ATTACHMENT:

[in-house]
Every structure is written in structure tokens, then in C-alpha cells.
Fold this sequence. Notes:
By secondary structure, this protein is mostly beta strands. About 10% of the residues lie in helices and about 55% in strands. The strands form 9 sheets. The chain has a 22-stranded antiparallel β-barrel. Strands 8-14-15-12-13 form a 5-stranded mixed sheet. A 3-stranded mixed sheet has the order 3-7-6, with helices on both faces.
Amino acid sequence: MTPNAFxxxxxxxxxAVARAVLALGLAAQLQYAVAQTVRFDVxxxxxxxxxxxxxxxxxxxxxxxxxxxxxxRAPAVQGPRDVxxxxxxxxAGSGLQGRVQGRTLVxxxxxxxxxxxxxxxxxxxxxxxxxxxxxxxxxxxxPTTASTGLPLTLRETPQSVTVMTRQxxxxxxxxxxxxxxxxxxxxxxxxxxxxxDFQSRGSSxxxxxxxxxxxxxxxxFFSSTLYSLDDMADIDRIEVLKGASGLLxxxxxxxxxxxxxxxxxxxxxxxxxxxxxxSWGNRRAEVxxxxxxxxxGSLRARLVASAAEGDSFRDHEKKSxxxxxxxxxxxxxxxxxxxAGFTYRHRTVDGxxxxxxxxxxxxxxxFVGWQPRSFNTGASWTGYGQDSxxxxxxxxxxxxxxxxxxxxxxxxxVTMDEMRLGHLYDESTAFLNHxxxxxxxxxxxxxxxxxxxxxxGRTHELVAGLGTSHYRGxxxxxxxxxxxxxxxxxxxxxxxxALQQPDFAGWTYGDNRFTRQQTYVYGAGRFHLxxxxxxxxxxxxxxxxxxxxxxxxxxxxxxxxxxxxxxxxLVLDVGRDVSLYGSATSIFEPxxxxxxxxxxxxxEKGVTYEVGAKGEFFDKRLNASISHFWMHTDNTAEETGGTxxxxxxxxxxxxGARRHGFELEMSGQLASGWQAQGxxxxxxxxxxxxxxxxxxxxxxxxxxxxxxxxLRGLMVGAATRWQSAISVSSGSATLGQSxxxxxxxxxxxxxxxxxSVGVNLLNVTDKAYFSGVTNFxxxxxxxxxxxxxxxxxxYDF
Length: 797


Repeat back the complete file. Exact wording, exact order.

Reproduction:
[in-house]
Every structure is written in structure tokens, then in C-alpha cells.
Fold this sequence. Notes:
By secondary structure, this protein is mostly beta strands. About 10% of the residues lie in helices and about 55% in strands. The strands form 9 sheets. The chain has a 22-stranded antiparallel β-barrel. Strands 8-14-15-12-13 form a 5-stranded mixed sheet. A 3-stranded mixed sheet has the order 3-7-6, with helices on both faces.
Amino acid sequence: MTPNAFxxxxxxxxxAVARAVLALGLAAQLQYAVAQTVRFDVxxxxxxxxxxxxxxxxxxxxxxxxxxxxxxRAPAVQGPRDVxxxxxxxxAGSGLQGRVQGRTLVxxxxxxxxxxxxxxxxxxxxxxxxxxxxxxxxxxxxPTTASTGLPLTLRETPQSVTVMTRQxxxxxxxxxxxxxxxxxxxxxxxxxxxxxDFQSRGSSxxxxxxxxxxxxxxxxFFSSTLYSLDDMADIDRIEVLKGASGLLxxxxxxxxxxxxxxxxxxxxxxxxxxxxxxSWGNRRAEVxxxxxxxxxGSLRARLVASAAEGDSFRDHEKKSxxxxxxxxxxxxxxxxxxxAGFTYRHRTVDGxxxxxxxxxxxxxxxFVGWQPRSFNTGASWTGYGQDSxxxxxxxxxxxxxxxxxxxxxxxxxVTMDEMRLGHLYDESTAFLNHxxxxxxxxxxxxxxxxxxxxxxGRTHELVAGLGTSHYRGxxxxxxxxxxxxxxxxxxxxxxxxALQQPDFAGWTYGDNRFTRQQTYVYGAGRFHLxxxxxxxxxxxxxxxxxxxxxxxxxxxxxxxxxxxxxxxxLVLDVGRDVSLYGSATSIFEPxxxxxxxxxxxxxEKGVTYEVGAKGEFFDKRLNASISHFWMHTDNTAEETGGTxxxxxxxxxxxxGARRHGFELEMSGQLASGWQAQGxxxxxxxxxxxxxxxxxxxxxxxxxxxxxxxxLRGLMVGAATRWQSAISVSSGSATLGQSxxxxxxxxxxxxxxxxxSVGVNLLNVTDKAYFSGVTNFxxxxxxxxxxxxxxxxxxYDF
Length: 797